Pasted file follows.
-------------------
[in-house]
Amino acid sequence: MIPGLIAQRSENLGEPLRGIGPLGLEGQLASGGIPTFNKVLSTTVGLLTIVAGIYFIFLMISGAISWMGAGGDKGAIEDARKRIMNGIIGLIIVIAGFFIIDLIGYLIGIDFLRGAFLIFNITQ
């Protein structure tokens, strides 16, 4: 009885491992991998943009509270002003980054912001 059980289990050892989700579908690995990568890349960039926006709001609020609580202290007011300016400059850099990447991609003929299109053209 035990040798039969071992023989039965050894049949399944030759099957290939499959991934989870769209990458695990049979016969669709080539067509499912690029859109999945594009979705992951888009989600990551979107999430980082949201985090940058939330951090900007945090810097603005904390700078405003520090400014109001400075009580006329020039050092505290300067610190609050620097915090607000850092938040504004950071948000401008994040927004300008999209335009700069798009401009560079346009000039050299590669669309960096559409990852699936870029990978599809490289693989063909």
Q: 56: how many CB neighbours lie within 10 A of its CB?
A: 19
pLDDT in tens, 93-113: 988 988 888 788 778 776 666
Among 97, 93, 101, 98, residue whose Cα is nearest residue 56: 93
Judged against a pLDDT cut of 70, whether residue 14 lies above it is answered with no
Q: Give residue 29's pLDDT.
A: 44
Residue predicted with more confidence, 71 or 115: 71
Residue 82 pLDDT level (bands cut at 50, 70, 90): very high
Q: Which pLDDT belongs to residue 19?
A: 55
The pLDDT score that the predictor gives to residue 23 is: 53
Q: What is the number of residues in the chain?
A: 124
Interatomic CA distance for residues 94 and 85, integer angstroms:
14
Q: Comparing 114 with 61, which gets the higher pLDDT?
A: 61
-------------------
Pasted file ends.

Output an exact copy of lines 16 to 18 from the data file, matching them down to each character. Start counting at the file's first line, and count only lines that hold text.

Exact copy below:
Q: What is the number of residues in the chain?
A: 124
Interatomic CA distance for residues 94 and 85, integer angstroms: